American Game Birds

Illustrating More Than One Hundred Species In Natural Colors

By Chester A. Reed

Page 34

WHITE-RUMPED SANDPIPERS (Pisobia fuscicollis) are placed by sportsmen in that class of small species known as "Peeps," too small to be worth the taking, the present species measuring but little more than 7 in. in length. Yet they have their dangers, for youthful hunters, unable to stalk larger game, often practice on these and I have known of men old enough to know better, to fire into flocks of "Peeps" just to see how many they could get. They breed on our Arctic coast and migrate most abundantly through the Mississippi Valley, but also in numbers along the Atlantic coast to southern South America. The upper bird shows this species in its summer plumage; it is a trifle grayer in winter, being about the same color as the bird below, from which it is of course easily identified by the white rump patch; the breast of the present species is also more heavily streaked than that of the next.


BAIRD SANDPIPER (Pisobia bairdi). This species, which has a dark rump, is of the same size as the last. Either kind may be found in flocks composed only of their own species or in mixed flocks of the two and other smaller sandpipers. Both species are very confiding and will allow anyone to approach within a few feet of them as they run about at the water's edge gathering the tiny insects that are always present in abundance. Like the last, these birds migrate most commonly through the Mississippi Valley, but they also occur on both coasts.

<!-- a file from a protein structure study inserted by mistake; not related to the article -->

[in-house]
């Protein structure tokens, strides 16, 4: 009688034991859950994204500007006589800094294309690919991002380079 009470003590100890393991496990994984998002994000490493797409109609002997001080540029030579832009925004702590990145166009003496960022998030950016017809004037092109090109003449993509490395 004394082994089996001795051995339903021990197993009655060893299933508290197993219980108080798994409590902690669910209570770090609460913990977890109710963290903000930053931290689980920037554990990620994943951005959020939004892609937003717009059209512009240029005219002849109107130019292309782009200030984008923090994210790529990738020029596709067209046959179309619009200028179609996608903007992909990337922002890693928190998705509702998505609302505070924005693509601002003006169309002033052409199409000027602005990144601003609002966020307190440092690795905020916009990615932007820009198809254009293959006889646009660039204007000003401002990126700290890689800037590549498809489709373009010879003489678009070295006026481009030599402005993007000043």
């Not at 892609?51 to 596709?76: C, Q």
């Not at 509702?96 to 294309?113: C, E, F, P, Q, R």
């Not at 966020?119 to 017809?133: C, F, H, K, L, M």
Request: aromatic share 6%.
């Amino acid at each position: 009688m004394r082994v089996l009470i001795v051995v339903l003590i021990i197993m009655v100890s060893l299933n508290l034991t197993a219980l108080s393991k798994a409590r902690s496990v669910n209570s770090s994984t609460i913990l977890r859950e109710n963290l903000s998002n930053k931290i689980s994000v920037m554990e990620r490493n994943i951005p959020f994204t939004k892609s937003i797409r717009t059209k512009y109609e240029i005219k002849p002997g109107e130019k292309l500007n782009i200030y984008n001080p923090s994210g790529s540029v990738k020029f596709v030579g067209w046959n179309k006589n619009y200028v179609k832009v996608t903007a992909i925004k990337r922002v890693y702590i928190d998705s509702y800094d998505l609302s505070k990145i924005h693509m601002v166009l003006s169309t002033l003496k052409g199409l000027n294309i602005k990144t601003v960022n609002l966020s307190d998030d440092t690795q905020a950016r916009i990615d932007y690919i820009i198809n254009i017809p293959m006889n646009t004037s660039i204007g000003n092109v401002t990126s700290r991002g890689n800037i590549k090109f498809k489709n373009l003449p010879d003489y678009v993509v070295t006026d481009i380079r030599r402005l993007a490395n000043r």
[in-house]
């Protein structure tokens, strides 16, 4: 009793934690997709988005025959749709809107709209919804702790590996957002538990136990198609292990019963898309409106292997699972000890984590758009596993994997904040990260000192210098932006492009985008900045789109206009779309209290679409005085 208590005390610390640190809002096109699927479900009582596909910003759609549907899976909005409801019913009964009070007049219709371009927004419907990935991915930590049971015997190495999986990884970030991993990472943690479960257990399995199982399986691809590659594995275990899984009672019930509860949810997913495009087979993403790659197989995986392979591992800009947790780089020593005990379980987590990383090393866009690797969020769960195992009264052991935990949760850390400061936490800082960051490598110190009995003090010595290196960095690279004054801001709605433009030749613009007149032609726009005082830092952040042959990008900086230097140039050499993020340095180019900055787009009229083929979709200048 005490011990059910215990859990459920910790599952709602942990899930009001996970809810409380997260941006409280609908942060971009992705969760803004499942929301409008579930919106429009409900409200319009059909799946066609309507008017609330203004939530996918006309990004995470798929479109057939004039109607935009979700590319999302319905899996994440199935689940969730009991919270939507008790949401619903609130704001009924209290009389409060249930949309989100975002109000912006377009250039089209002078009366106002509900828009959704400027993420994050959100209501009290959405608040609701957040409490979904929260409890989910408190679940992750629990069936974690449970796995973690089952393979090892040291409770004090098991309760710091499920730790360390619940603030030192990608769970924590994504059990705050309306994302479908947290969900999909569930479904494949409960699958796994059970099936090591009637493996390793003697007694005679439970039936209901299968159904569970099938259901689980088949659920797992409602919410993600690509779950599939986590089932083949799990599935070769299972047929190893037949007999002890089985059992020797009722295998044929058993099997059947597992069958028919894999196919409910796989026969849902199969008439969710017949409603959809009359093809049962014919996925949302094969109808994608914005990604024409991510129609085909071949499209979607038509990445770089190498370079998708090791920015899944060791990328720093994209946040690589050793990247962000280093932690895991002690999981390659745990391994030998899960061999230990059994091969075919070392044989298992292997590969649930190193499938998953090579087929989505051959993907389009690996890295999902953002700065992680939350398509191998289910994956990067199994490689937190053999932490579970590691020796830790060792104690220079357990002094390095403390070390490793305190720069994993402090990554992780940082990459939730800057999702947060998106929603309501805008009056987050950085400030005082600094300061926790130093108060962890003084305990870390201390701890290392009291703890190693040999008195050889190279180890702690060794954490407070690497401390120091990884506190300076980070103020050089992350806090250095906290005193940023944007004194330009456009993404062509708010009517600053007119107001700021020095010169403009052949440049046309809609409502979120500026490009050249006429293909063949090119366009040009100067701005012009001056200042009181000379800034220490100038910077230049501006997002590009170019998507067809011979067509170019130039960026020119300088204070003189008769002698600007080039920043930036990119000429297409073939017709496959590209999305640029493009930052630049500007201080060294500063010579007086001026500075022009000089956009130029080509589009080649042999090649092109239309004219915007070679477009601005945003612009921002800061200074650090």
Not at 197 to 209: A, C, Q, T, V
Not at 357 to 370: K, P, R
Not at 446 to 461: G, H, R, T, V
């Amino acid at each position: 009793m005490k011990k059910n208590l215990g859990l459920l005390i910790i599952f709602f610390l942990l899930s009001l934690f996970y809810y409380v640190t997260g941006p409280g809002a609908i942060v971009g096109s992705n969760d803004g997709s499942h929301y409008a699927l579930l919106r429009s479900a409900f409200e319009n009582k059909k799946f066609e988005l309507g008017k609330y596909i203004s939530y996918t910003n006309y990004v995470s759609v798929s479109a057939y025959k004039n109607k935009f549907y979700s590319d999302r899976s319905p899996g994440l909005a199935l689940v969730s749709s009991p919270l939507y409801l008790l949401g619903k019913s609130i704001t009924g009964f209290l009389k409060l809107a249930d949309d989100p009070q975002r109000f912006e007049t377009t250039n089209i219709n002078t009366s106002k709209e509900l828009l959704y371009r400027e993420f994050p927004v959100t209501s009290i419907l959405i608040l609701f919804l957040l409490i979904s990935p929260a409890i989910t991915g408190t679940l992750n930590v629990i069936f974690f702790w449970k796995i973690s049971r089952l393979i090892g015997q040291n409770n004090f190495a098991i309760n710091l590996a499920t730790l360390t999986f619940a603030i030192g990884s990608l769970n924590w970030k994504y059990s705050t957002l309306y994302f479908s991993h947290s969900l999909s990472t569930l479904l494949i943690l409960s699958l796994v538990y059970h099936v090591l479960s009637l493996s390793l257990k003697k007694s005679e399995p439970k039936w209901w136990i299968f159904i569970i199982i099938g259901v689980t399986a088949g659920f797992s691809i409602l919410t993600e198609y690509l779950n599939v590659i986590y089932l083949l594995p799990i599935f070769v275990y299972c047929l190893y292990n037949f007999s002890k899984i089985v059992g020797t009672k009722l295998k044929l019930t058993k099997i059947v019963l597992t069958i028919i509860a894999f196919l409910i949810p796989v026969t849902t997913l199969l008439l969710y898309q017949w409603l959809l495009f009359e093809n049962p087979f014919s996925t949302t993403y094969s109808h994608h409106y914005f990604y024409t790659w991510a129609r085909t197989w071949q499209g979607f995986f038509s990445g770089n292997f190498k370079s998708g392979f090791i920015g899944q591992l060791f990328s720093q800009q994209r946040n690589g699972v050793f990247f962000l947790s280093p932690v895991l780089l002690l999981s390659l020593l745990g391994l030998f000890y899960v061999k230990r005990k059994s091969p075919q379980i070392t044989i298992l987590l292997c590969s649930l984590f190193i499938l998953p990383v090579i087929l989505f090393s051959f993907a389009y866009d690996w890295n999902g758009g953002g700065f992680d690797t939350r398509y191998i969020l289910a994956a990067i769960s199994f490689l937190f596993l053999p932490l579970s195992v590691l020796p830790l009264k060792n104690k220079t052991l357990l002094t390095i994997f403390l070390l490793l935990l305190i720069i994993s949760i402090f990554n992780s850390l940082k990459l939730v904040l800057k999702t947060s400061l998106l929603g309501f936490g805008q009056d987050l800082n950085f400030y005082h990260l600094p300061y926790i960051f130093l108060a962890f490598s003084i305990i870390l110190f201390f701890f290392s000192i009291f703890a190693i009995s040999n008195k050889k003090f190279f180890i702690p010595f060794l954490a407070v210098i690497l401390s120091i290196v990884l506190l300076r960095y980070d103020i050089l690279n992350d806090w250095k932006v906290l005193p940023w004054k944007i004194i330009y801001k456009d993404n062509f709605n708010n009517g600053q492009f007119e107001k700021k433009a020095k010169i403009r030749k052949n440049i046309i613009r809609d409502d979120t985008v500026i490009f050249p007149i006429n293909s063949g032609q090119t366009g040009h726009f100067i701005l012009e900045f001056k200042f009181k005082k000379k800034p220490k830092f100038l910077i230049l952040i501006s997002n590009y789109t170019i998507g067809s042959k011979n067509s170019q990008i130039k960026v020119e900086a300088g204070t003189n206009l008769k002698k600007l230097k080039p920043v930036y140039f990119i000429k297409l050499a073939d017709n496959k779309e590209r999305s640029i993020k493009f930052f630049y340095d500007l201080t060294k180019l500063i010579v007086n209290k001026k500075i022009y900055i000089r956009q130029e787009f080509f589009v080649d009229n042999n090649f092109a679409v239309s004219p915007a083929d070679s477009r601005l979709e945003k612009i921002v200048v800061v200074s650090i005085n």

LEAST SANDPIPER (Pisobia minutilla). The most diminutive of all our sandpipers, but almost matched by the Semi-palmated, being only 6 in. in length. The toes are wholly devoid of webbing, the back is browner and the breast more distinctly streaked than that of the other species of similar size. These sandpipers breed in the northern half of Canada and Alaska, and winter from southern United States southward occurring during migrations throughout the land. They are almost devoid of fear and are seldom and ought never to be shot.